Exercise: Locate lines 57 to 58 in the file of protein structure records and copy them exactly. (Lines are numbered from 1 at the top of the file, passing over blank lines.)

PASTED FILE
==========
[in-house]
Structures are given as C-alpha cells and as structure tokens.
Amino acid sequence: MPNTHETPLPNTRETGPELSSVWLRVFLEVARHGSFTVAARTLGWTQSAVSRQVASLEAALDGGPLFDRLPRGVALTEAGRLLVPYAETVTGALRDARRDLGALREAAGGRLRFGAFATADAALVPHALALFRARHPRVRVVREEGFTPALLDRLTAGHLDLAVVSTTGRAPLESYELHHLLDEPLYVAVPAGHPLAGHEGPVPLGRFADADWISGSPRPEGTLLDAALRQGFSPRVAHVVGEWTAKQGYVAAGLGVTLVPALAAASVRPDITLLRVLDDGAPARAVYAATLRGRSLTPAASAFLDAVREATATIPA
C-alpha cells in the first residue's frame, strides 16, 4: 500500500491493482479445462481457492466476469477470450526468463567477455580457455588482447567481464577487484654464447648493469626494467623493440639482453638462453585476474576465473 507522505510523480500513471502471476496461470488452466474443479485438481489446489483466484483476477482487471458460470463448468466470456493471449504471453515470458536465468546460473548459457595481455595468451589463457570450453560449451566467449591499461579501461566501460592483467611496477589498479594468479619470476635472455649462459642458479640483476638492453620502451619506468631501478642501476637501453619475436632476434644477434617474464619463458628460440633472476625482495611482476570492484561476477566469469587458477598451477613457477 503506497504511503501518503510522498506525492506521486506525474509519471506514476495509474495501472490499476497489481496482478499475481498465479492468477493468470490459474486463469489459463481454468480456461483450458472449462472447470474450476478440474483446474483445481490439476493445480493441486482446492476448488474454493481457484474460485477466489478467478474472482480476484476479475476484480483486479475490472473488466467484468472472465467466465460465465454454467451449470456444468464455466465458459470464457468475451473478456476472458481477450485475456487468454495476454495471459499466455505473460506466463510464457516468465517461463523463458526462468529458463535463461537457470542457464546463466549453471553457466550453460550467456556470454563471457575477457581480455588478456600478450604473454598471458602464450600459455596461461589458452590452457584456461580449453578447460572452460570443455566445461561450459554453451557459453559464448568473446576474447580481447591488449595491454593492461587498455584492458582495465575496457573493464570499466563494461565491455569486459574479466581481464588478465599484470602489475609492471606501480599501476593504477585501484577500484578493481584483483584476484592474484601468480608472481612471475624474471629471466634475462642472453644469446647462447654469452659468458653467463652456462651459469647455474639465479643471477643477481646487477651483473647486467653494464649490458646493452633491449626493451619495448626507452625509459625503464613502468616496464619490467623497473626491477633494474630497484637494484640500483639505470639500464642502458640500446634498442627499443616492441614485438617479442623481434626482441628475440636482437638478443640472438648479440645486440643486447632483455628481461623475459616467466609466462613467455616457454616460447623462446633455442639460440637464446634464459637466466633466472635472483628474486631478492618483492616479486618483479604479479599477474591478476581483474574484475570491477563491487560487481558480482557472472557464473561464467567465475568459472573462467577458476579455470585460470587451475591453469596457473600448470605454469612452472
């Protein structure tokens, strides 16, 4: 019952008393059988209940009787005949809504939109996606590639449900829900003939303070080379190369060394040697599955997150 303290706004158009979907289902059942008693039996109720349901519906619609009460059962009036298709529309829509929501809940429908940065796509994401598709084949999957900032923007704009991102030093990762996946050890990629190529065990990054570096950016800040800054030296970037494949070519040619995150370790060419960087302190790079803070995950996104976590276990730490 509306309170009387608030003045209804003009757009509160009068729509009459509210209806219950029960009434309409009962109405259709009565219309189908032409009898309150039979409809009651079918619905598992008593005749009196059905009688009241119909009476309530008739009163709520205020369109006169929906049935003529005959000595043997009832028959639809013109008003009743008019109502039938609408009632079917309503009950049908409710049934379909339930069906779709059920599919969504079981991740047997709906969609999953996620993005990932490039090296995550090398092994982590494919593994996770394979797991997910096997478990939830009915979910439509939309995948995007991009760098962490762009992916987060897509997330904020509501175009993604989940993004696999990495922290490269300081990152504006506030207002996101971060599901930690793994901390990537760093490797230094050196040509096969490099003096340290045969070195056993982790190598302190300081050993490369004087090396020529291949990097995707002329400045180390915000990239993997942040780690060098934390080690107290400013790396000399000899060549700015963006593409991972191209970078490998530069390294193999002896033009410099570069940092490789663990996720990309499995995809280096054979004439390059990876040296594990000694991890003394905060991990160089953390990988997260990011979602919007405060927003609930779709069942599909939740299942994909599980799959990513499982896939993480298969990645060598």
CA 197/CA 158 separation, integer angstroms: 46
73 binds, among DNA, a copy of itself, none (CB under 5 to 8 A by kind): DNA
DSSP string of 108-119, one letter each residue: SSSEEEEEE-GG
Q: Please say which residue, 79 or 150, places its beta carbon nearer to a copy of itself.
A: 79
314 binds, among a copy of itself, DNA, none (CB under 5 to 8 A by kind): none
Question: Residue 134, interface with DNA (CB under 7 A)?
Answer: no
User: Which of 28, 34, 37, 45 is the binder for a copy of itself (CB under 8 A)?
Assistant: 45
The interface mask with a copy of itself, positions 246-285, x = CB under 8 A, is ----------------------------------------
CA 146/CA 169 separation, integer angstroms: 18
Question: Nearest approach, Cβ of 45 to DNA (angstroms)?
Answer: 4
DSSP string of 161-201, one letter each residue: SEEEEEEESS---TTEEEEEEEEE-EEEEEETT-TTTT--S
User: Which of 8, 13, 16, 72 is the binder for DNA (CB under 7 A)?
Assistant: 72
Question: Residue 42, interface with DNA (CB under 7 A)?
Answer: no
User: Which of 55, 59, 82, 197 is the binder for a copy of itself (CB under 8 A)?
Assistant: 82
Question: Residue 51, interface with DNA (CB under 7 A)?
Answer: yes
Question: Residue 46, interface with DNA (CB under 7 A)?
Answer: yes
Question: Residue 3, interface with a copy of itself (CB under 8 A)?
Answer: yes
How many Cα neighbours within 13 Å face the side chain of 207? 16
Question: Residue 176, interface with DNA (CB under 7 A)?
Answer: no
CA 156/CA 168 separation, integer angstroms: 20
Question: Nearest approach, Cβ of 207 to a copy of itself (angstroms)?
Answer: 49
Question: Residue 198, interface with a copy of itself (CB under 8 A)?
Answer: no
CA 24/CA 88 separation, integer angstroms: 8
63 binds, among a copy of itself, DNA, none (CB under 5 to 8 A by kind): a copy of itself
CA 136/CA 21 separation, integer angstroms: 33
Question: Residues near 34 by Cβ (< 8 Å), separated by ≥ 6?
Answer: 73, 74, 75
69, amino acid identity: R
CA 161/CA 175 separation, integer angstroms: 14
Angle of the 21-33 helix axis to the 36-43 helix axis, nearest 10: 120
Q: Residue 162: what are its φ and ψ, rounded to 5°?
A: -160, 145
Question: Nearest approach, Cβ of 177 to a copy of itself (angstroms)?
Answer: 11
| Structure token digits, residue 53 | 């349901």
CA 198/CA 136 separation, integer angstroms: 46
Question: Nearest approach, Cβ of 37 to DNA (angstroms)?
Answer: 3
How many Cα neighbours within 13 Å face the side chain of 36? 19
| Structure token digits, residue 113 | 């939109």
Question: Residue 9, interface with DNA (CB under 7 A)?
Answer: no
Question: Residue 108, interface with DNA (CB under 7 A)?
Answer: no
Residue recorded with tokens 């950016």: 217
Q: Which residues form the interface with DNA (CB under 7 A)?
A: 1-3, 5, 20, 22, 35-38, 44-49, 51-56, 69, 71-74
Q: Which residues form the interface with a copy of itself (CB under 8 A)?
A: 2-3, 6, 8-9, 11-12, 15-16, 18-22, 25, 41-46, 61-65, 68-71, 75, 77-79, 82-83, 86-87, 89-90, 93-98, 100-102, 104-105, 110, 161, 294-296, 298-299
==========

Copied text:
How many Cα neighbours within 13 Å face the side chain of 36? 19
| Structure token digits, residue 113 | 């939109």